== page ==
The third wave of Covid-19 infections will likely have a far smaller economic impact than the previous two surges in infections, according to Nomura economists. Nomura expects the January-March quarter to see sequential growth of 1%, on a quarter-on-quarter seasonally adjusted basis, according to a Jan. 14 note. This compares to 3% sequential growth in the previous quarter.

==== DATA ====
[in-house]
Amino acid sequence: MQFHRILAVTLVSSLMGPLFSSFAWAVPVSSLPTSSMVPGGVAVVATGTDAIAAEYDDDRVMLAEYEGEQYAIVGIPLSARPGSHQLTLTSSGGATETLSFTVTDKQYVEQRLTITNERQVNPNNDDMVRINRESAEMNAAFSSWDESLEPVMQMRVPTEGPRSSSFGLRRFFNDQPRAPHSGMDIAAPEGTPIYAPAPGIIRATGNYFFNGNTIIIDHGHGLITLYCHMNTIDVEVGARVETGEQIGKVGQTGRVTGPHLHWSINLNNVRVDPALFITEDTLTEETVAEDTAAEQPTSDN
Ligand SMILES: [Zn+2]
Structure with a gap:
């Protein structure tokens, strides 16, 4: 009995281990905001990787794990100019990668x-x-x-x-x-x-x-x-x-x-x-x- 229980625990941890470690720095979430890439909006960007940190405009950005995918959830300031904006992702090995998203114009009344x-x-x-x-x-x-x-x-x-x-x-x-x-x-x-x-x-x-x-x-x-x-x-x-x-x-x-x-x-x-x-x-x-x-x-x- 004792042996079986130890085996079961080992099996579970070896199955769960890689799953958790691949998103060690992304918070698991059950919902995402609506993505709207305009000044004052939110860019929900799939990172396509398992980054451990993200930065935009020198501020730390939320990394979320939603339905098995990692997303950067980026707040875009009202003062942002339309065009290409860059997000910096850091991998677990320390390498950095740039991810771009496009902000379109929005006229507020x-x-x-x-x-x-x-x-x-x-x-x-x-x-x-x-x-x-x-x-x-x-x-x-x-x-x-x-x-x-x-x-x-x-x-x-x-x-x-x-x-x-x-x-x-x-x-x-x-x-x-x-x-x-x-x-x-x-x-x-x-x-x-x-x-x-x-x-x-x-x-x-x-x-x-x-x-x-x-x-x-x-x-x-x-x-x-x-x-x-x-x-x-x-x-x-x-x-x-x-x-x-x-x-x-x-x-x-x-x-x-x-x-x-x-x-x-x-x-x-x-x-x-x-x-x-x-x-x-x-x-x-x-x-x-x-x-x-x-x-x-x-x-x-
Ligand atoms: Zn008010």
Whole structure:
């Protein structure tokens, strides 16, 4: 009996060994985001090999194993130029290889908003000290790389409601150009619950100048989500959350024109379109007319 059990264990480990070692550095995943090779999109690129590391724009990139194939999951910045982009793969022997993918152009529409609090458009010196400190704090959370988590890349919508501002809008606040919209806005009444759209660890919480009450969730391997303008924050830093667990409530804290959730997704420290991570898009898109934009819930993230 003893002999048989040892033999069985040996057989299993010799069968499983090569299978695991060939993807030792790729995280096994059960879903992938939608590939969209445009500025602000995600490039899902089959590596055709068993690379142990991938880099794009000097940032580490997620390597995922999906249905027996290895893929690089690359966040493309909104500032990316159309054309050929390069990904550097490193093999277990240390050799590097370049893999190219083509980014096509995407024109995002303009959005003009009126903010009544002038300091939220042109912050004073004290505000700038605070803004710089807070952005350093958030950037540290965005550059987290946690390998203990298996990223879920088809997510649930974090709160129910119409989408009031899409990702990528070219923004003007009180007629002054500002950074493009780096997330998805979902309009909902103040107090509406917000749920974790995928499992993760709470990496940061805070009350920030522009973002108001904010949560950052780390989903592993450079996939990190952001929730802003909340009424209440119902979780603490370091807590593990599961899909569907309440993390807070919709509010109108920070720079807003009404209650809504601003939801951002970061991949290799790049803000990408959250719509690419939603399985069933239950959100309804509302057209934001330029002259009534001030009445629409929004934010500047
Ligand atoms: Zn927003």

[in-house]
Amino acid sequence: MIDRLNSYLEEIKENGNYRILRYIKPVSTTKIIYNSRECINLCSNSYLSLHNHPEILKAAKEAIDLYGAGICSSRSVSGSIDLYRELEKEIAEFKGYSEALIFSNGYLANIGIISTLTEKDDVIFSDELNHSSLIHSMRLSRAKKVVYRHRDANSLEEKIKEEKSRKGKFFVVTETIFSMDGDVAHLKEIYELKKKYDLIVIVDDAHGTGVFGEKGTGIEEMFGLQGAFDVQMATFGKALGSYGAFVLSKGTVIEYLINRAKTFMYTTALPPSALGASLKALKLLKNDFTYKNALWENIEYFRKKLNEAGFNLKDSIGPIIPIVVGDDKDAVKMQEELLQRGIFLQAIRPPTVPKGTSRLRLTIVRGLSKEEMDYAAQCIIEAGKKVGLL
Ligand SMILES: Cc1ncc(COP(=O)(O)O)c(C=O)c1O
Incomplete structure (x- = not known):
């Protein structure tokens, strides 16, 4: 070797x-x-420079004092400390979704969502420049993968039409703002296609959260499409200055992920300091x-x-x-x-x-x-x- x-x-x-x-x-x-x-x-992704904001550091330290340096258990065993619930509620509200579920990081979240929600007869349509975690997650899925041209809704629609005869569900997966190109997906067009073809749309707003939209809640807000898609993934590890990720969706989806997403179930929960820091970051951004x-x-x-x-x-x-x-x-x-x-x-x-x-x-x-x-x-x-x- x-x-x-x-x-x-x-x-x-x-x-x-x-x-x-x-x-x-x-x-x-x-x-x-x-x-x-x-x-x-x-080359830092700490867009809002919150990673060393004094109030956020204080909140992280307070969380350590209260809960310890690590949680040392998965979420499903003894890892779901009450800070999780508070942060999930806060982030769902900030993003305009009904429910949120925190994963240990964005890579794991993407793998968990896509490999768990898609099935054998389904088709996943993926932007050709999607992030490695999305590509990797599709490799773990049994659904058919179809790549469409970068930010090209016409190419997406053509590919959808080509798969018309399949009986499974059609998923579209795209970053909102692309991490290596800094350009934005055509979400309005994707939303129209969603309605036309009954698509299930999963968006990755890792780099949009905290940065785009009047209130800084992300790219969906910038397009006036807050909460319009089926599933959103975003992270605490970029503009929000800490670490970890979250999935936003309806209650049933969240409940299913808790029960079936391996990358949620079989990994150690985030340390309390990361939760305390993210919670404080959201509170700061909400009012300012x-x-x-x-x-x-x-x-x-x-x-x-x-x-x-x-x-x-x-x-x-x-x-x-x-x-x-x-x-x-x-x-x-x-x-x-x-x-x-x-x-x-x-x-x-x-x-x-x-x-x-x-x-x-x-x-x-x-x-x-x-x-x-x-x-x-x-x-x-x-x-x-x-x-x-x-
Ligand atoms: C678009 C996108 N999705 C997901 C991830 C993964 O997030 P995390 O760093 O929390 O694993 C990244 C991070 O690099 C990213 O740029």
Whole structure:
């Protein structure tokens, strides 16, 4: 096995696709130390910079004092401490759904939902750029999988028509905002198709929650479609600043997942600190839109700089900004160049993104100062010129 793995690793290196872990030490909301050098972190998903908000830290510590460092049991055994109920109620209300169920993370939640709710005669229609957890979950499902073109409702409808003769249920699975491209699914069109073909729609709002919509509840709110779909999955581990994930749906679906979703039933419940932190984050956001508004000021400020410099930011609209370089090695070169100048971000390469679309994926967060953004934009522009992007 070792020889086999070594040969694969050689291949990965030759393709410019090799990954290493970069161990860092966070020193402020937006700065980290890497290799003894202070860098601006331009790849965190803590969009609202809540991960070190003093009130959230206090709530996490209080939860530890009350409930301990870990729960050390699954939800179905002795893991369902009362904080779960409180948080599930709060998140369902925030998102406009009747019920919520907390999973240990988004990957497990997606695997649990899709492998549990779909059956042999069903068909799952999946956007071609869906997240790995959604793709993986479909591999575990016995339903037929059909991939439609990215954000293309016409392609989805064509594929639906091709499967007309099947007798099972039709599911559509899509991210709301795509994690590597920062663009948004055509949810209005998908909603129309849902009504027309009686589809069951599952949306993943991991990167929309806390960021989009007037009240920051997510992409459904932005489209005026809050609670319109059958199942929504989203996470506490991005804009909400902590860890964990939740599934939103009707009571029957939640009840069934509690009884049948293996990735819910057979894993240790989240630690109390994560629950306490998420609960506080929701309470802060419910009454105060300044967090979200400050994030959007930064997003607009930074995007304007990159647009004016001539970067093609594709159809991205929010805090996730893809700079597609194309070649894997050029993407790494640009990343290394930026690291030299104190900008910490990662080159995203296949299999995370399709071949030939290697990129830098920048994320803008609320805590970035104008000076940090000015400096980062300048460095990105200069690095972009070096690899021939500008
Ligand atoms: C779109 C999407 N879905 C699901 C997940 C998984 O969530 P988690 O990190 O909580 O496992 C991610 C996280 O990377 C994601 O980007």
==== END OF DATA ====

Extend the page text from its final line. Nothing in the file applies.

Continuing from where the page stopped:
As such, the economic hit from this wave of infections is seen to be much smaller than during the second wave when the economy contracted 8% on a quarter-on-quarter, seasonally adjusted basis. “Accordingly, we lowered our January-March GDP growth forecast to 3.2% year-on-year from 5.2%,” wrote economists Sonal Varma and Aurodeep Nandi in the report. Nomura expects the third wave to peak by early February and daily caseloads to fall sharply thereafter. Thus, state-wide restrictions may remain in place for about a month. “We expect higher caseloads, but assume a shorter duration of about one month from the trough to the peak for the third wave, which should mean economic damage is contained within the January-March quarter and limited to delaying a recovery in contact-intensive services,” Nomura said. For the full year, Nomura estimates GDP growth at 8.7% in FY22 and 7.8% in FY23. This is lower than official advance estimates, released ahead of the union budget, that peg GDP growth at 9.2%. Along with lower GDP growth, Nomura also expects a rise in inflation on account of the third wave. Still, uncertainty over growth may delay monetary policy normalisation. Headline inflation is estimated to rise to 6-6.5% in January from 5.6% in December, while core inflation is estimated to rise to about 6.5% in January from 6% in December, according to estimates by Nomura. “We expect the third wave to be mildly inflationary due to labour or logistics disruptions, with January-February bearing the brunt of the impact, Nomura said. A number of economists have cut their growth forecasts for FY22 as infections have surged again. Most, though, estimate the economic impact to be marginal. QuantEco Research retained its GDP forecast for the full year at 9.6%, despite the spread of Omicron, saying that healthy tax collections could provide extra leg room for GDP growth. “Policy promptness with respect to the onset of stringency measures, ramping up of health infrastructure, progress on vaccinations and booster shots and economic agents learning to live with the virus could limit economic spill overs,” it said in a Jan. 7 research note. Pranjul Bhandari, chief India economist at HSBC, said FY22 GDP growth could be 0.25 percentage points lower, while upside risks to inflation may not abate. “With firms and consumers adapting to the new normal, we previously found that the economic cost of each pandemic wave is a third of the previous wave,” wrote Bhandari. GDP could grow possibly 2 percentage points less in the March quarter than previously anticipated, she added.